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Working towards paradise; an interdisciplinary theoretical framework for environmental peacebuilding

Wessels, Josepha LU (2018) Association of American Geographers (AAG) 2018
Abstract
Exploring the human-environment nexus and linkages between (post-conflict) political developments and environmental dimensions, this paper reflects on the development of interdisciplinary theories of environmental peacebuilding. Theories of environmental peacebuilding come from a variety of different disciplines within the social and biophysical sciences; warfare ecology (Machlis et al. , 2011), environmental politics, political ecology and environmental peacemaking (Waisová 2017; Dresse et al., 2016; Carius, 2007; Conca and Dabelko, 2002), which are fields of social and biophysical science research. Against a background of constructivist theories of conflict, offering a holistic, multi-dimensional understanding of processes such as war,... (More)
Exploring the human-environment nexus and linkages between (post-conflict) political developments and environmental dimensions, this paper reflects on the development of interdisciplinary theories of environmental peacebuilding. Theories of environmental peacebuilding come from a variety of different disciplines within the social and biophysical sciences; warfare ecology (Machlis et al. , 2011), environmental politics, political ecology and environmental peacemaking (Waisová 2017; Dresse et al., 2016; Carius, 2007; Conca and Dabelko, 2002), which are fields of social and biophysical science research. Against a background of constructivist theories of conflict, offering a holistic, multi-dimensional understanding of processes such as war, conflict and conflict resolution (Jackson, 2009), this paper argues that in order to come to some kind of comprehensive theory of environmental peacebuilding, there is a need for several paradigm shifts. The first paradigm shift should take place in the field of peace and conflict studies, going from the liberal peacebuilding to a more holistic approach. The second paradigm shift will have to take place in conservation biology and environmental sciences, from a conventional anthropocentric ecosystem to a Human Ecosystem approach, whereby human beings are integral part of the natural environment, linking the biophysical, terrestrial, physical, cultural and socio-economic components of the environment. The paper will explore further anthropological theories of culture, and how this can be connected with the paradigm shifts. Based on previously carried out fieldwork and a desk-study, two geographical cases will be highlighted in the paper, to dissect the proposed theoretical approaches; the crisis of Darfur and the war in Syria. (Less)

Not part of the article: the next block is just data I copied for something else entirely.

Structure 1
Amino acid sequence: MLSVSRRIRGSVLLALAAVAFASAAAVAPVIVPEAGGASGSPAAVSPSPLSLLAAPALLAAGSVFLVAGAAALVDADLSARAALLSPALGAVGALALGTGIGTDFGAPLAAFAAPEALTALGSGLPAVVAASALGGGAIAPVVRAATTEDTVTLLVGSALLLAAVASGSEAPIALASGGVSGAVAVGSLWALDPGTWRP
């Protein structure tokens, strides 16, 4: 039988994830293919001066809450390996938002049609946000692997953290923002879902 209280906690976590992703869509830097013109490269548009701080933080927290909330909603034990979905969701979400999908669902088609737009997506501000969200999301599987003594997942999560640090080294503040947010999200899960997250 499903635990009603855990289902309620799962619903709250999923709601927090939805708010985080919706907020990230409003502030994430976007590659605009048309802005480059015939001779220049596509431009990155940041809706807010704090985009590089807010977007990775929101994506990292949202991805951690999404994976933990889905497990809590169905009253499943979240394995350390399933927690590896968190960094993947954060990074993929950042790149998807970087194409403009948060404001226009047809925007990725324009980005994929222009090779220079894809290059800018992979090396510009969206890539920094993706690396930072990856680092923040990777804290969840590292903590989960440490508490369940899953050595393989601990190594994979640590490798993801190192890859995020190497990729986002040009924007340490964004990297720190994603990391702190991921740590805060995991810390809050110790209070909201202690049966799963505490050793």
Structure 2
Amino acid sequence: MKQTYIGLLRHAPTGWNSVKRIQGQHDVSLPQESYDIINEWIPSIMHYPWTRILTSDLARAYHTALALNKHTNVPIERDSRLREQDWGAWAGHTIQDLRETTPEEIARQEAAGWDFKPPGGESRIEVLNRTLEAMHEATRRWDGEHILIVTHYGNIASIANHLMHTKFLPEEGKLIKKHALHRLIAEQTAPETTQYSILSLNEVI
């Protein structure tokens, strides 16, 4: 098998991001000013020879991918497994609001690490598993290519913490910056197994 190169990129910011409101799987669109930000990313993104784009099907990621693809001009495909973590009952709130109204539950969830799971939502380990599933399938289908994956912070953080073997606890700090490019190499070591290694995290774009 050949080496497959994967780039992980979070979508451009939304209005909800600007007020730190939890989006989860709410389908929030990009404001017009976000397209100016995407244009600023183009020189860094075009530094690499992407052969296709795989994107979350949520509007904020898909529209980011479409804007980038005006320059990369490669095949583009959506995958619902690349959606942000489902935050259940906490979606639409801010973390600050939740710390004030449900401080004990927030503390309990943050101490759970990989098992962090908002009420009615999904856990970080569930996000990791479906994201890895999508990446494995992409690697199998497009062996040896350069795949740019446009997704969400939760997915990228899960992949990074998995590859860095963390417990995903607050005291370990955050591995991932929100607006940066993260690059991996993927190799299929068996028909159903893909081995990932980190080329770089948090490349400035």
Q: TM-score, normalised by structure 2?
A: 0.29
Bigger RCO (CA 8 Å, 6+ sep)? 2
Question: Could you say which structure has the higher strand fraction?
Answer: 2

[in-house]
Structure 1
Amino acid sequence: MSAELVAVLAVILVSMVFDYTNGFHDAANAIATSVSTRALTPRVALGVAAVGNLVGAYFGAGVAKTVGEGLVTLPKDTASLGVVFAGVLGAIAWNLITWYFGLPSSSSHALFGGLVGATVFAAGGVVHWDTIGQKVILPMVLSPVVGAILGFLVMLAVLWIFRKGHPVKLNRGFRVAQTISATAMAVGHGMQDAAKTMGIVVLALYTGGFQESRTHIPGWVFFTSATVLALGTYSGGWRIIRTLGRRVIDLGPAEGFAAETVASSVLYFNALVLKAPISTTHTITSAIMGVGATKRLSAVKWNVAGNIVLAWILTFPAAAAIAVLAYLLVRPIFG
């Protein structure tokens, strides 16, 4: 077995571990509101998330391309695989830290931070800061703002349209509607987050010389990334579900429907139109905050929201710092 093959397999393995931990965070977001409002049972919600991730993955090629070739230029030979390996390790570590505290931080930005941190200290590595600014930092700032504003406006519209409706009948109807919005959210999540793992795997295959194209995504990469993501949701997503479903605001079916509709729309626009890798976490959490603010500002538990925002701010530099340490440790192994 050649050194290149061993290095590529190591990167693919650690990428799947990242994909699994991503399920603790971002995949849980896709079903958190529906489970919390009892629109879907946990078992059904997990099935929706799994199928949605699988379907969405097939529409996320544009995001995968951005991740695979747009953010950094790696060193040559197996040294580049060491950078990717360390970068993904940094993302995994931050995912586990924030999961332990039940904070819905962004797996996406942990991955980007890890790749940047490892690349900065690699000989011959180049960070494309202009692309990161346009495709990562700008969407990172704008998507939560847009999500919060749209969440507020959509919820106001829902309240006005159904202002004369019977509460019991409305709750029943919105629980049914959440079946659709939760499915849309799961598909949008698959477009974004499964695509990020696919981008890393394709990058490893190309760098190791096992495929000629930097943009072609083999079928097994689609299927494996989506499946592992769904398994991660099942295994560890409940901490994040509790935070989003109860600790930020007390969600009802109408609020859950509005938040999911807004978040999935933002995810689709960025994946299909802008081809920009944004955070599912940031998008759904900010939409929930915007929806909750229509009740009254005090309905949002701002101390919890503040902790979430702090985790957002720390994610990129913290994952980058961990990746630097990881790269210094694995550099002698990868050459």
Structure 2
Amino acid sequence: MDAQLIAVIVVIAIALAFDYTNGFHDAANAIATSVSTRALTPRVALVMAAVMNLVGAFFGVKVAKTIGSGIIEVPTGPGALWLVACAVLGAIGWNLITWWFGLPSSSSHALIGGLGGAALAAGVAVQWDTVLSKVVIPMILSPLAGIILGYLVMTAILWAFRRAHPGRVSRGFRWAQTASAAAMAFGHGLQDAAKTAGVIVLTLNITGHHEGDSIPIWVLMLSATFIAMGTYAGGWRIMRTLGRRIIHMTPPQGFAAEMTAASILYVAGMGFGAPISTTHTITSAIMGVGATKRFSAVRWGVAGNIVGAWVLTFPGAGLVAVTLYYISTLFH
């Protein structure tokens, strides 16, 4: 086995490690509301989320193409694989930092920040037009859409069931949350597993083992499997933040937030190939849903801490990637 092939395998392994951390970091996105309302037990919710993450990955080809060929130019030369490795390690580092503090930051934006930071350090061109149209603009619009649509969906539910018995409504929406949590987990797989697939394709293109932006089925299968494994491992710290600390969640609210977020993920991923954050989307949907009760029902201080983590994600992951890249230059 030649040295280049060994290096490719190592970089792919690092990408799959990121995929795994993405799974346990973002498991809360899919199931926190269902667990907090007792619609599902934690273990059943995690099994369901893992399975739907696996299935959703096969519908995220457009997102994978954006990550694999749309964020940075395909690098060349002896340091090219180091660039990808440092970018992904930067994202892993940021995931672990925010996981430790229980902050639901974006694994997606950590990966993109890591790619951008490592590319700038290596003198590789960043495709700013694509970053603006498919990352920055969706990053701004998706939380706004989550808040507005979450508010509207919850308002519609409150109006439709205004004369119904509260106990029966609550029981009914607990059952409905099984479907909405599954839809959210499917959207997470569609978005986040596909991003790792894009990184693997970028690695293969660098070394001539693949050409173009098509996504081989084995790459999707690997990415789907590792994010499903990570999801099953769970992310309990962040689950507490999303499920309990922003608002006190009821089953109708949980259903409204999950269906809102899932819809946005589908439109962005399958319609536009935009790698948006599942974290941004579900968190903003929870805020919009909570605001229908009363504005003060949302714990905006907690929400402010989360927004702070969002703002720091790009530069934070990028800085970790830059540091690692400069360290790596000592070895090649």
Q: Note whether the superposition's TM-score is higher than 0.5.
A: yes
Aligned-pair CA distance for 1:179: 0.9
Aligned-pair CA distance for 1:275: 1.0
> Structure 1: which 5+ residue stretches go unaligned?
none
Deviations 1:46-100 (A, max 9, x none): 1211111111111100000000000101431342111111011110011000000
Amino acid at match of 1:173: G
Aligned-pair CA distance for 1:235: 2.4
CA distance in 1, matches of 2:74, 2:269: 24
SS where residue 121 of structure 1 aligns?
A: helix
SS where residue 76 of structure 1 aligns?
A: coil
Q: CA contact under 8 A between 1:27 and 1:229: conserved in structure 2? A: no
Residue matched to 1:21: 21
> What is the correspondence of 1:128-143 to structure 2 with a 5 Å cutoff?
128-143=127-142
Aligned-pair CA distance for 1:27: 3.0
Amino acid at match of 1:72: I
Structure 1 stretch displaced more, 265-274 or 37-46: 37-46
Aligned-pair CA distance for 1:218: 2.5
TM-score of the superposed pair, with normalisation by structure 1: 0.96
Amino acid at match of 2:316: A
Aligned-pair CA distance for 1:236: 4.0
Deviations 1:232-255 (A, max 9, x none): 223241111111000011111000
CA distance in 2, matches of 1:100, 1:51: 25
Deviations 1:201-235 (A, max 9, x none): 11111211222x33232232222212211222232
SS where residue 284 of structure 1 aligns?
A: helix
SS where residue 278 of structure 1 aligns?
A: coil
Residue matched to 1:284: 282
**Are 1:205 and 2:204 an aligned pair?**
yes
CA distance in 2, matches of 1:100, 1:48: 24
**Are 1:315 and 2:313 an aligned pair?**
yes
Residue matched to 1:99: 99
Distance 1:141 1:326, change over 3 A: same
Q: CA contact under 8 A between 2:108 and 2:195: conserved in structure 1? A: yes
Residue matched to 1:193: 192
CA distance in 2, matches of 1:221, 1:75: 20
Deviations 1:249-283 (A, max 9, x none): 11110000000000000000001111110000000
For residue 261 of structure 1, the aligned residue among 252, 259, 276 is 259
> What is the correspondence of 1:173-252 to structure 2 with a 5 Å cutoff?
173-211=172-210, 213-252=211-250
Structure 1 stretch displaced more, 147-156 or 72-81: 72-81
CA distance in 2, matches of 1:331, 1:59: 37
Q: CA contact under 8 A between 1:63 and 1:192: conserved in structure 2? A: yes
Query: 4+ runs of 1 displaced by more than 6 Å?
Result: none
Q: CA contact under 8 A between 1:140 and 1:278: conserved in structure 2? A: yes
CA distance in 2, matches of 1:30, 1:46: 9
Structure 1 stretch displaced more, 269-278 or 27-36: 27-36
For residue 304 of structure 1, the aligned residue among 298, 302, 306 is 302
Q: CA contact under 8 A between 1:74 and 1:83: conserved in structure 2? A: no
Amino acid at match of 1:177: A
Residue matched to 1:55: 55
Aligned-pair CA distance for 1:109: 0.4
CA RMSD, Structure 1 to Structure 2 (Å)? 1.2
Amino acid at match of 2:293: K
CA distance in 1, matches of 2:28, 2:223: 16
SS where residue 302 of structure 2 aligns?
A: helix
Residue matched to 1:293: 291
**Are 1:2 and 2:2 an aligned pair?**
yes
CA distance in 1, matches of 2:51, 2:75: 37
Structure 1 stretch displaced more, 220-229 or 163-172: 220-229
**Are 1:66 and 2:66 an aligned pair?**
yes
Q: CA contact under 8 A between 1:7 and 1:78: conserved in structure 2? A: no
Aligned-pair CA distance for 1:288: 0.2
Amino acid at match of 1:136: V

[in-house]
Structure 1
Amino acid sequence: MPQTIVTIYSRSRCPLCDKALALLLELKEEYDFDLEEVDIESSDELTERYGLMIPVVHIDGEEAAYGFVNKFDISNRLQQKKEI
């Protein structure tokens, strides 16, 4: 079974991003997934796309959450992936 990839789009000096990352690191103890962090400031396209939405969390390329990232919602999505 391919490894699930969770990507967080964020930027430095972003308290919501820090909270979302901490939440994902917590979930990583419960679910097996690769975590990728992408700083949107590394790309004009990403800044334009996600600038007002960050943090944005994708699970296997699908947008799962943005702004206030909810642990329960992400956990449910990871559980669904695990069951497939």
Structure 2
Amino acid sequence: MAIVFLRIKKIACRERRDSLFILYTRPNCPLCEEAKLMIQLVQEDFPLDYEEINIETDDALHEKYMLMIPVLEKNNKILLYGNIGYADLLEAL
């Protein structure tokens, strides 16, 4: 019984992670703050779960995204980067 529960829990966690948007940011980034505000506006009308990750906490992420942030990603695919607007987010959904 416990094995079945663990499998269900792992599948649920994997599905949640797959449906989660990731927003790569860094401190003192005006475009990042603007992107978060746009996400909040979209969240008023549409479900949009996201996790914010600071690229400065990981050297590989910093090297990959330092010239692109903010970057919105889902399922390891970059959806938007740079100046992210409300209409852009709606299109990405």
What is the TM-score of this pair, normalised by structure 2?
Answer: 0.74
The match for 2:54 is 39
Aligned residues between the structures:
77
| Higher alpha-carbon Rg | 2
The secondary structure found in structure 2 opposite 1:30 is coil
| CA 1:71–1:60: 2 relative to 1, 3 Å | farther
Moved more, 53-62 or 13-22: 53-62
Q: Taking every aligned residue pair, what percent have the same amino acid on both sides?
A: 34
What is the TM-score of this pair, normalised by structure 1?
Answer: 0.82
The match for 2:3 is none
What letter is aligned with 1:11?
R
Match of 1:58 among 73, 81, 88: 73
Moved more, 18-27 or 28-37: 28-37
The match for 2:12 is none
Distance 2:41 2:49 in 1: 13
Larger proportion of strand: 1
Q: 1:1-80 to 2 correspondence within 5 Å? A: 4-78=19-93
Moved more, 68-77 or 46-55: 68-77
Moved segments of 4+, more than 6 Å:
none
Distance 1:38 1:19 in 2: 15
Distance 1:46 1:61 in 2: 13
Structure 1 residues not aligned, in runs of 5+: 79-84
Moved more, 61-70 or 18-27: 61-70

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author
organization
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type
Contribution to conference
publication status
published
subject
keywords
Environmental PEacebuilding
conference name
Association of American Geographers (AAG) 2018
language
English
LU publication?
yes
id
26230b9b-6cc7-43f0-8525-0232a37135bf
date added to LUP
2018-05-17 11:00:07
date last changed
2018-05-29 11:25:15
@misc{26230b9b-6cc7-43f0-8525-0232a37135bf,
  abstract     = {Exploring the human-environment nexus and linkages between (post-conflict) political developments and environmental dimensions, this paper reflects on the development of interdisciplinary theories of environmental peacebuilding. Theories of environmental peacebuilding come from a variety of different disciplines within the social and biophysical sciences; warfare ecology (Machlis et al. , 2011), environmental politics, political ecology and environmental peacemaking (Waisová 2017; Dresse et al., 2016; Carius, 2007; Conca and Dabelko, 2002), which are fields of social and biophysical science research. Against a background of constructivist theories of conflict, offering a holistic, multi-dimensional understanding of processes such as war, conflict and conflict resolution (Jackson, 2009), this paper argues that in order to come to some kind of comprehensive theory of environmental peacebuilding, there is a need for several paradigm shifts. The first paradigm shift should take place in the field of peace and conflict studies, going from the liberal peacebuilding to a more holistic approach. The second paradigm shift will have to take place in conservation biology and environmental sciences, from a conventional anthropocentric ecosystem to a Human Ecosystem approach, whereby human beings are integral part of the natural environment, linking the biophysical, terrestrial, physical, cultural and socio-economic components of the environment. The paper will explore further anthropological theories of culture, and how this can be connected with the paradigm shifts. Based on previously carried out fieldwork and a desk-study, two geographical cases will be highlighted in the paper, to dissect the proposed theoretical approaches; the crisis of Darfur and the war in Syria.},
  author       = {Wessels, Josepha},
  keyword      = {Environmental PEacebuilding},
  language     = {eng},
  title        = {Working towards paradise; an interdisciplinary theoretical framework for environmental peacebuilding},
  year         = {2018},
}